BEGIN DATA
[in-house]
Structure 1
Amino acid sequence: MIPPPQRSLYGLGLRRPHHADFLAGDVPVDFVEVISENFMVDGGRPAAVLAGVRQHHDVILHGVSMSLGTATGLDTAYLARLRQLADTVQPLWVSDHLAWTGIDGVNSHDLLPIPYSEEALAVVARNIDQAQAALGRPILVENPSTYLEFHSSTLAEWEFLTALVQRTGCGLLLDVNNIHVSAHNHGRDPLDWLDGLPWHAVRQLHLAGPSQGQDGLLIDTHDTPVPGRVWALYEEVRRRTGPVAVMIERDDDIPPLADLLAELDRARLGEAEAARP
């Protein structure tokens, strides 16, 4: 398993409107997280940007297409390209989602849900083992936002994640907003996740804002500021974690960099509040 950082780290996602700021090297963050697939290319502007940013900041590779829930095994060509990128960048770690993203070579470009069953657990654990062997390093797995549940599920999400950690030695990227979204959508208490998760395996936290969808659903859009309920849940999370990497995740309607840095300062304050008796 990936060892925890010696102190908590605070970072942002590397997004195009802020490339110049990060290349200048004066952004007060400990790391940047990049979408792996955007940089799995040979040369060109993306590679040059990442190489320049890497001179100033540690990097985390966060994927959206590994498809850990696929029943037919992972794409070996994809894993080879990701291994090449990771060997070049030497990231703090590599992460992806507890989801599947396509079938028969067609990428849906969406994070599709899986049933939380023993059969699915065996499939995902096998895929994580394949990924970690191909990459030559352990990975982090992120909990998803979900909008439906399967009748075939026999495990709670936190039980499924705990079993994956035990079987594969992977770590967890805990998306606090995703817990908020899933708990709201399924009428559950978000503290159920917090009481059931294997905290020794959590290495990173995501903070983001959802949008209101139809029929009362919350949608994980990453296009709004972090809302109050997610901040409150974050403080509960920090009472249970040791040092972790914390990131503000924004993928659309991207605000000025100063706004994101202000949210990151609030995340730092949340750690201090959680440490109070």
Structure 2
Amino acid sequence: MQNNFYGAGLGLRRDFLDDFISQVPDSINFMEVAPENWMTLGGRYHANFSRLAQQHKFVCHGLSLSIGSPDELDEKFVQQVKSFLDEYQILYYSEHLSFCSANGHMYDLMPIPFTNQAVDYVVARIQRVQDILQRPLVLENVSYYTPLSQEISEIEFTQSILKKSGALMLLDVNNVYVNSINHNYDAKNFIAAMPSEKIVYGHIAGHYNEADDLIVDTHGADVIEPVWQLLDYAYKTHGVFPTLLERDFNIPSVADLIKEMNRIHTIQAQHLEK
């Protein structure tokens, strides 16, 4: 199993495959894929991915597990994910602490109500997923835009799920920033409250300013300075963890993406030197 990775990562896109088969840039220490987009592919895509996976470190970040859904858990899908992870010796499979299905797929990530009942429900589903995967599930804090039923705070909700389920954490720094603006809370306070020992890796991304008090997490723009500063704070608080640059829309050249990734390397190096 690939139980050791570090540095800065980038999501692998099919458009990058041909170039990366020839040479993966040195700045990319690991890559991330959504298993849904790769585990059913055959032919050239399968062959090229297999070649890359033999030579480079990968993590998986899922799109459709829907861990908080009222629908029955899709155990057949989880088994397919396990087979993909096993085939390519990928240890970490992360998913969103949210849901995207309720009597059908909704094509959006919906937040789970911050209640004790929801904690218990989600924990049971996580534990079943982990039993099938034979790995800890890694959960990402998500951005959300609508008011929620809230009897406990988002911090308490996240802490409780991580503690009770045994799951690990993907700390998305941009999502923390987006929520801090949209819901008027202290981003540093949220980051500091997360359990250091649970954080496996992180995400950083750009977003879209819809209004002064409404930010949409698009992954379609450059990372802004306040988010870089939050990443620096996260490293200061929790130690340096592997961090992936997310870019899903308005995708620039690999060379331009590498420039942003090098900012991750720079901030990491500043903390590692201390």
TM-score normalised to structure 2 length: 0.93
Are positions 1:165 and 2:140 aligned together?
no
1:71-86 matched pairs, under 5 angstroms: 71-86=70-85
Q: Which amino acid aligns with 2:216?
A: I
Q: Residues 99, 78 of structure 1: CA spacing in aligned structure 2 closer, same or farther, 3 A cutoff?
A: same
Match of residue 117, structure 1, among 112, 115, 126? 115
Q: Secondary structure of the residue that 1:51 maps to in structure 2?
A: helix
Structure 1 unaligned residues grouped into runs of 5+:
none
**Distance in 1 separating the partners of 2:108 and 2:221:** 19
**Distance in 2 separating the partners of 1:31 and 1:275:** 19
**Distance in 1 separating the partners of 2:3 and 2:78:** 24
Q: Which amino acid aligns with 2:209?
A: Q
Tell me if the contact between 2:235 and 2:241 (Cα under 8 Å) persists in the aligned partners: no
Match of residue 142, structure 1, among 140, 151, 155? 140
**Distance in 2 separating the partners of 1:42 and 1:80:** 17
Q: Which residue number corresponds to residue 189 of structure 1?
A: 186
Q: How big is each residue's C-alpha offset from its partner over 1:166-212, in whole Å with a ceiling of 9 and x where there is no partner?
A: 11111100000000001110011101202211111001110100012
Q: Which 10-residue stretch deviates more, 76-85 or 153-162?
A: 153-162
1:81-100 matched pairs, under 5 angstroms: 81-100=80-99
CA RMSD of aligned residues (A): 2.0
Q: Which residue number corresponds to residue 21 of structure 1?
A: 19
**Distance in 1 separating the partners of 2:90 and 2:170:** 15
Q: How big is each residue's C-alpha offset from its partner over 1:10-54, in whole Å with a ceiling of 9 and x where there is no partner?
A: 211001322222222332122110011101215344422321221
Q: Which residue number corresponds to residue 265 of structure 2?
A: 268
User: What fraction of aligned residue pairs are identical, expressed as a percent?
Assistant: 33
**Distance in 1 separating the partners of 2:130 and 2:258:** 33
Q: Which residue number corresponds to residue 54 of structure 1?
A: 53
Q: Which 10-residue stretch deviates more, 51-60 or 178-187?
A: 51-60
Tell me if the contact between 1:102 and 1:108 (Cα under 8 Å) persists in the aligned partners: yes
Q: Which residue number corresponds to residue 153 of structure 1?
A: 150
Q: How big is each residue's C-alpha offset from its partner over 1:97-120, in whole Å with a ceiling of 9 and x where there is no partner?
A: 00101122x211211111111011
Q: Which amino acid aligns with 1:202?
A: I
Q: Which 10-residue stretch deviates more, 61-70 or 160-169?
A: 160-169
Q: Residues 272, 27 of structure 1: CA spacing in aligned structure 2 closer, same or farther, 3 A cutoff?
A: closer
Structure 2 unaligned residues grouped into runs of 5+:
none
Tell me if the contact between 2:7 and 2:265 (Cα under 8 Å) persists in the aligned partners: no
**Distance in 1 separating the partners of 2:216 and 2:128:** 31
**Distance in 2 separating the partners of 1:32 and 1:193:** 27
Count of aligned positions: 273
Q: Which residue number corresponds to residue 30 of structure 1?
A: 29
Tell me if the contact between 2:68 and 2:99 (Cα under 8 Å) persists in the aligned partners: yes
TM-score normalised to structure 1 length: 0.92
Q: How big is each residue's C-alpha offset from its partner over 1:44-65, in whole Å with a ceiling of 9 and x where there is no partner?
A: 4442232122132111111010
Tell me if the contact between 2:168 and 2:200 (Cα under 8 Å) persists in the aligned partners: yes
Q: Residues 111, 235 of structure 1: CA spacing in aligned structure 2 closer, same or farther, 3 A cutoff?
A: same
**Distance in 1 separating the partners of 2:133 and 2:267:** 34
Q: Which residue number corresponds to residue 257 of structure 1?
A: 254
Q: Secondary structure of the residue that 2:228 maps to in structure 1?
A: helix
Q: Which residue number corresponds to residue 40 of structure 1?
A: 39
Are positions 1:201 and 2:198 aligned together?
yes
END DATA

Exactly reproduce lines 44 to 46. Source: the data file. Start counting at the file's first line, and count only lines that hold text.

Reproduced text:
User: What fraction of aligned residue pairs are identical, expressed as a percent?
Assistant: 33
**Distance in 1 separating the partners of 2:130 and 2:258:** 33